I think so. When I first visited Adams County, Ohio, Lynx Prairie Reserve treated me to my first wild Coneflower. To that point, a rich lifetime, I had presumed that coneflowers were non-native cultivars. How thrilled I was that morning, to learn that they are 100% American!
Perched on this coneflower, this Great Spangled Fritillary butterfly is another American icon. Glassberg’s A Swift Guide to Butterflies has them present in almost all continental US states, except for Arizona, Texas, Mississippi and Florida. This big butterfly is born & bred USA.
This then is an American iconic view, Great Spangled Fritillary perched on Coneflower. I must add that Ohio, where these were seen, has been the most welcoming, giving, sharing of the 48 U.S. states, for I’ve enjoyed more self-less butterfliers and orchid seeking and wildflower lovers there than in any other state I’ve visited. Thanks Angela, Deb, Dave, Flower, Joe and others.
Like most of you, I’ve planted Coneflower in my garden for what?, decades. If I ever gave this incredible perennial a thought, it was a fleeting one, as in I wonder where this beautiful wildflower comes from? Mexico? Peru? Cuba? Costa Rica? Tanganyika?
You just don’t stop learning . . . never. Imagine shock (not surprise, shock!) when Angela & Barbara Ann & Dave & Joe led me into Lynx Prairie Preserve in Adams County, Ohio?
When I saw this Coneflower there, I wondered. Did someone introduce Chinese Coneflower to the southernmost tip of Ohio, a handful of miles from the Kentucky border?
They patiently told me that Coneflower is a native. It took me days to grasp the irony. I spent decades presuming that Coneflower was introduced from Asia or Europe or South or Central America.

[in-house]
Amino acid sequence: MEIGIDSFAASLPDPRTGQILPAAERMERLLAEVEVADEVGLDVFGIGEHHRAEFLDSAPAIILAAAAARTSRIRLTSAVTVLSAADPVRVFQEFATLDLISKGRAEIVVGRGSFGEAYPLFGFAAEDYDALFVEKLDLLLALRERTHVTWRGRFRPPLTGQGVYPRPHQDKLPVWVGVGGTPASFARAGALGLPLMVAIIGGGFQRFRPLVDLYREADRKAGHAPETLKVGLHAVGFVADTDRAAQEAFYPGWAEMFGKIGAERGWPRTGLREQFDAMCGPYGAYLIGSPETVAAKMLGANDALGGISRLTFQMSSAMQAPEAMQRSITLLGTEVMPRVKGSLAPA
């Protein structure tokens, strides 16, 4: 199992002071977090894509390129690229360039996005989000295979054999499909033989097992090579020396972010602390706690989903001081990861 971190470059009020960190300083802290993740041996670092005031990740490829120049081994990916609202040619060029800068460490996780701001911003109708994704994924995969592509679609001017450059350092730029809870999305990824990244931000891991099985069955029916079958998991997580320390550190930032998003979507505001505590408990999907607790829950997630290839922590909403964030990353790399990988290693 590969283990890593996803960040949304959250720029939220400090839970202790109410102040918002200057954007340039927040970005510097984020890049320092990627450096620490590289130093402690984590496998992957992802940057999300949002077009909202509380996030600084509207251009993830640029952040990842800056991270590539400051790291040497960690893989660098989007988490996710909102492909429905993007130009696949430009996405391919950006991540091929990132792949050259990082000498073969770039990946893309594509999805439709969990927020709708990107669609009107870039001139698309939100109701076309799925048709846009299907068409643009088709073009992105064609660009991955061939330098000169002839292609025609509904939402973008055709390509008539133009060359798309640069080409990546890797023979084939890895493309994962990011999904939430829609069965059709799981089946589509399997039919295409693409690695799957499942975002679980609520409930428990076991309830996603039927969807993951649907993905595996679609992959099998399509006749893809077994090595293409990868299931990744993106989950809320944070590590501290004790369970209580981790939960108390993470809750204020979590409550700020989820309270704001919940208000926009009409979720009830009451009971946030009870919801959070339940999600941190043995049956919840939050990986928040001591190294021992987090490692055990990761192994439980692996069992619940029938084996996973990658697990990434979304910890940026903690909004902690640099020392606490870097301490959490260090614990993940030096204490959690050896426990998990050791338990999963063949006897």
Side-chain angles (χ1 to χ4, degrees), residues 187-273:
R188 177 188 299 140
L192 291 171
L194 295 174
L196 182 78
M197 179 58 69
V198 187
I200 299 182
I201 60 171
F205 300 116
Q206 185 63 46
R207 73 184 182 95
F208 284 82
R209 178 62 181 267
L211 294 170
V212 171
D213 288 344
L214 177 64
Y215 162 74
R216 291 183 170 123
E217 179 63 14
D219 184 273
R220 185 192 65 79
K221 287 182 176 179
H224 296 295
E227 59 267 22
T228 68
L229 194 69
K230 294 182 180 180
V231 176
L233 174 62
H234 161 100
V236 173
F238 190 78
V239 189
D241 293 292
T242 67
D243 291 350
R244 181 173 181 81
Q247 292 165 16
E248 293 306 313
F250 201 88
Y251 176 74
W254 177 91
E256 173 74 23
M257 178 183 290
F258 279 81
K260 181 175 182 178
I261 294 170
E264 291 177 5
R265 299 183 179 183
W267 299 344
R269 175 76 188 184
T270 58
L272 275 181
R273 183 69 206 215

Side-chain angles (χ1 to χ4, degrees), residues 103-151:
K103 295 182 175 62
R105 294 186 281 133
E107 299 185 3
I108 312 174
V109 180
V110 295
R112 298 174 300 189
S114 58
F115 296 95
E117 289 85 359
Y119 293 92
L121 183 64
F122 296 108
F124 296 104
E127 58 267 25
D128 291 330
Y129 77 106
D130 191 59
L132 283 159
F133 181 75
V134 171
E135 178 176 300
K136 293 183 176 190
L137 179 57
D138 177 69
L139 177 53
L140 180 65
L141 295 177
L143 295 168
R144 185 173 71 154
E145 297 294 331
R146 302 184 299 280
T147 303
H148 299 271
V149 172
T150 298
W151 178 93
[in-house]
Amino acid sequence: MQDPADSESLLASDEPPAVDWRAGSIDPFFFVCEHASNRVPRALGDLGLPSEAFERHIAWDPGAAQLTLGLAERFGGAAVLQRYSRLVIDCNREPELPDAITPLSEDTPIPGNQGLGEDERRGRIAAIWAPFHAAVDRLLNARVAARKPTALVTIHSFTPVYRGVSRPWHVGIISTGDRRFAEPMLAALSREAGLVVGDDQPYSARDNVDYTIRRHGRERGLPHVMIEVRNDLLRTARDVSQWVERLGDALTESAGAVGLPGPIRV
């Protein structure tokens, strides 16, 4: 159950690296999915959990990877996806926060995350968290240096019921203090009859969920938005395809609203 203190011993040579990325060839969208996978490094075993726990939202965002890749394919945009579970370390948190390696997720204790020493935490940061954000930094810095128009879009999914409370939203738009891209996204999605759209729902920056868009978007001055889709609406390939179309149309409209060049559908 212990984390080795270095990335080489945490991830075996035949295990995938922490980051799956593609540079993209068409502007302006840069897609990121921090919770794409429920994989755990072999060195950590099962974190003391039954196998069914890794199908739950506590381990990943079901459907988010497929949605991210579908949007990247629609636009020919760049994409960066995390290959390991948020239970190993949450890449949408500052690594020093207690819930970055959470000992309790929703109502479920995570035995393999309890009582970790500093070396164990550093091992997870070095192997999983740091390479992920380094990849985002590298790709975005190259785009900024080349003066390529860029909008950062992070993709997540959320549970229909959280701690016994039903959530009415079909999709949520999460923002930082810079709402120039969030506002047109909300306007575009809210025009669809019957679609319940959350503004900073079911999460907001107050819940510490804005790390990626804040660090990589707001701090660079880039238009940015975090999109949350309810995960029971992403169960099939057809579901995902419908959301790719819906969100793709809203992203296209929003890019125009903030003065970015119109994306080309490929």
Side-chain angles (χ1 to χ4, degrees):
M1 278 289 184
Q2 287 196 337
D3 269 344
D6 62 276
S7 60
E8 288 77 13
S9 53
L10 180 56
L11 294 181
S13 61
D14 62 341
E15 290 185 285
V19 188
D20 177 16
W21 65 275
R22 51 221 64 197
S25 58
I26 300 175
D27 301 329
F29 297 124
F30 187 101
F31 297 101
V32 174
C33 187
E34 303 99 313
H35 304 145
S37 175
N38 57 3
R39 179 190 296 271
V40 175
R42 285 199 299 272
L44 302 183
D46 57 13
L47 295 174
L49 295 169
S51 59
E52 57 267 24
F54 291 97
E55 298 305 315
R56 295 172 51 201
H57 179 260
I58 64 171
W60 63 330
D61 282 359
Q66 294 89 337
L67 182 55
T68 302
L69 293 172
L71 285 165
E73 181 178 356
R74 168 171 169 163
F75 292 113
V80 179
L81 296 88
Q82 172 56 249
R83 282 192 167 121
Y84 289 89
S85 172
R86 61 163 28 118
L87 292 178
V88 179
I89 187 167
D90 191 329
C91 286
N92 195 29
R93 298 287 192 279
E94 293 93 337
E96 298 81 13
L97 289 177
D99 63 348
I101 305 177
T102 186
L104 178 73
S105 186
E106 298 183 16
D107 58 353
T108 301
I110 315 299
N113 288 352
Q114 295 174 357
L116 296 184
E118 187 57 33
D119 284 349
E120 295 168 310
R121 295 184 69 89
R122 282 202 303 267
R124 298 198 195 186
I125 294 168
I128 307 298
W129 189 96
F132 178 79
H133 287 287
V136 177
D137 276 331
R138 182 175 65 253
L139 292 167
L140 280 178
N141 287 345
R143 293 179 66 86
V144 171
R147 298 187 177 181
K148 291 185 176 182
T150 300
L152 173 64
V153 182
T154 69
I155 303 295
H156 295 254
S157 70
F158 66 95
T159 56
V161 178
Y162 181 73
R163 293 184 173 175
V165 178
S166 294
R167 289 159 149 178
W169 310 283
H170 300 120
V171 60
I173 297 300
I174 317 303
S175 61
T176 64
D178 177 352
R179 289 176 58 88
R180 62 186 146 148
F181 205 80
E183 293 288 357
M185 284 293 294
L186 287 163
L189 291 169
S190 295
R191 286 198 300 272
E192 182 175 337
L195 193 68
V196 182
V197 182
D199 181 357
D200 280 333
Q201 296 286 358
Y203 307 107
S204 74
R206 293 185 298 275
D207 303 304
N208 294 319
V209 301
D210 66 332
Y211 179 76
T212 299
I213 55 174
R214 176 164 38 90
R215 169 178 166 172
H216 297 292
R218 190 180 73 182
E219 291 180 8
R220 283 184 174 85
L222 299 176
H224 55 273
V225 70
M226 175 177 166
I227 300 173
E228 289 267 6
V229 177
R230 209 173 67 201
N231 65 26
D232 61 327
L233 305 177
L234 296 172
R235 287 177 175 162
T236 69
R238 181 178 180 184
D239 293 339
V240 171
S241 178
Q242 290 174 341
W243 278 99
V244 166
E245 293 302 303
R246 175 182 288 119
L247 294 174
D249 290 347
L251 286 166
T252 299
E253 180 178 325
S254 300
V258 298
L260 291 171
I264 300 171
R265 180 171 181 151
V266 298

Nope, Virginia, it’s an American native. Not a local Nursery cultivar, native.
I was seeking butterflies, she was more interested in revisiting a spot that annually yielded Pink Lady Slipper Orchids. It was a mostly cloudy morning there, at Blackwater National Wildlife Refuge, near Madison, Maryland.
Yes, I did once visit the Great Synagogue in Jerusalem and I visited the Vatican and its breathtaking Sistine Chapel.
Standing there, gaping at these native (American) orchids, evokes the same kind of Awe,
Three bunched Pink Lady Slipper Orchids, elegance, delicate beauty and improbable pluck, in the shady recesses of a wild, Wildlife Refuge. Speaking in whispers, for G-d is close by.
Last year’s trip to the north Georgia mountains led us to David, a native of that beautiful region. David led us to Pigeon mountain, and its pair of pristine meadows.
The #1 goal was to find and shoot Diana Fritillary butterflies. All was seemingly perfect: A mountain meadow, full of nectaring blooms, sunny, windless weather, and all the hikers that we saw stayed below those meadows, leaving us to ourselves and our search.
Dianas? Nope. I’ve still not seen my first. Giants? Huge Giant Swallowtails, usually seen in groups of 3 or 4. Memories? Wonderful ones, on a mountain in north Georgia.
Still to be done? Need to get an ID on these nice wildflowers, growing in those Pigeon mountain meadows, along the perimeter tree line.
Ellen? Virginia? Rose? Barbara Ann? Angela? Jeff?
You’re out seeking butterflies, and one of you shouts, “Zebra Swallowtail!” All stop what they were doing and respond, “Where?” Comes the question, Why? Why do seasoned butterfly seekers and those new to the search, become so excited when a Zebra is spotted?
They are scarce, rarely seen butterflies. They fly in with grace and beauty and they are surely coming to flowers that are pumping nectar. During this 2019 a typical day might score 2 Monarchs, 3 Pearl Crescents, 1 Pipevine Swallowtail, several Duskywings, an Eastern Comma, 4 Tiger Swallowtails and 1 Red-Spotted Purple. Zebra Swallowtail on that ‘typical day?’ No, not a one.
Rewarded with a look at such a beaut as this one, resplendent in its whites, black, red and blue, you feel special, fortunate to see what few see, a magnificent American butterfly, one of our most eye-pleasing.
This one was shot in Lynx Prairie Reserve, Adams County, Ohio. It’s on Butterflyweed, a milkweed, native to the USA. Also enjoying the milkweed nectar there is an Edwards Hairstreak butterfly, it too is a reason to feel good. Seeing both of these uncommon butterflies, reason enough to travel to Lynx Prairie in late June.